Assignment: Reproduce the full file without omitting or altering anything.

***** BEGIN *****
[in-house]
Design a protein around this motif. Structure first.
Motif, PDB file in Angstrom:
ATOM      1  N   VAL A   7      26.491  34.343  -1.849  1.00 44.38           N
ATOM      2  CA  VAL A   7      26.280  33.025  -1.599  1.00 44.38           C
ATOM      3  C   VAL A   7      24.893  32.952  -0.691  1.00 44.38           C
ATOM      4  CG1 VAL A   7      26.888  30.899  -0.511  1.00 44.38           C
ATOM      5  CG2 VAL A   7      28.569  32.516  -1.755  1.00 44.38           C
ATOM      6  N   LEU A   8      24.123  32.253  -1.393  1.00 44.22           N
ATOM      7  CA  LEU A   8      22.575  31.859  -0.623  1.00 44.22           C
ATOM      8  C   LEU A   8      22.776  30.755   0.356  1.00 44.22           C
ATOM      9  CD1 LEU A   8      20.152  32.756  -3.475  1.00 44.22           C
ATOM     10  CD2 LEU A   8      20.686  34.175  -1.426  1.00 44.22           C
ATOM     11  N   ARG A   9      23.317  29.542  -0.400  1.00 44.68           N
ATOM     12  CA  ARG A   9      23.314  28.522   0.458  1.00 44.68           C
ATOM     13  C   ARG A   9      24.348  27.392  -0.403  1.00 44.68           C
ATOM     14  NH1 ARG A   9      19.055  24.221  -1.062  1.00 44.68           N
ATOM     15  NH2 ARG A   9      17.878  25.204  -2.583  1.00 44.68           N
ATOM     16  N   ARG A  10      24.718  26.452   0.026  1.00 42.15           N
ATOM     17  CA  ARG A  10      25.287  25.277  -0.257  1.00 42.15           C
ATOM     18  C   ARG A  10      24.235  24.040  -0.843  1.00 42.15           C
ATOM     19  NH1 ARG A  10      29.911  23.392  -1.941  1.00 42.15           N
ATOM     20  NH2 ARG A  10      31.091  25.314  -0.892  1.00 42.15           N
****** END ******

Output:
[in-house]
Design a protein around this motif. Structure first.
Motif, PDB file in Angstrom:
ATOM      1  N   VAL A   7      26.491  34.343  -1.849  1.00 44.38           N
ATOM      2  CA  VAL A   7      26.280  33.025  -1.599  1.00 44.38           C
ATOM      3  C   VAL A   7      24.893  32.952  -0.691  1.00 44.38           C
ATOM      4  CG1 VAL A   7      26.888  30.899  -0.511  1.00 44.38           C
ATOM      5  CG2 VAL A   7      28.569  32.516  -1.755  1.00 44.38           C
ATOM      6  N   LEU A   8      24.123  32.253  -1.393  1.00 44.22           N
ATOM      7  CA  LEU A   8      22.575  31.859  -0.623  1.00 44.22           C
ATOM      8  C   LEU A   8      22.776  30.755   0.356  1.00 44.22           C
ATOM      9  CD1 LEU A   8      20.152  32.756  -3.475  1.00 44.22           C
ATOM     10  CD2 LEU A   8      20.686  34.175  -1.426  1.00 44.22           C
ATOM     11  N   ARG A   9      23.317  29.542  -0.400  1.00 44.68           N
ATOM     12  CA  ARG A   9      23.314  28.522   0.458  1.00 44.68           C
ATOM     13  C   ARG A   9      24.348  27.392  -0.403  1.00 44.68           C
ATOM     14  NH1 ARG A   9      19.055  24.221  -1.062  1.00 44.68           N
ATOM     15  NH2 ARG A   9      17.878  25.204  -2.583  1.00 44.68           N
ATOM     16  N   ARG A  10      24.718  26.452   0.026  1.00 42.15           N
ATOM     17  CA  ARG A  10      25.287  25.277  -0.257  1.00 42.15           C
ATOM     18  C   ARG A  10      24.235  24.040  -0.843  1.00 42.15           C
ATOM     19  NH1 ARG A  10      29.911  23.392  -1.941  1.00 42.15           N
ATOM     20  NH2 ARG A  10      31.091  25.314  -0.892  1.00 42.15           N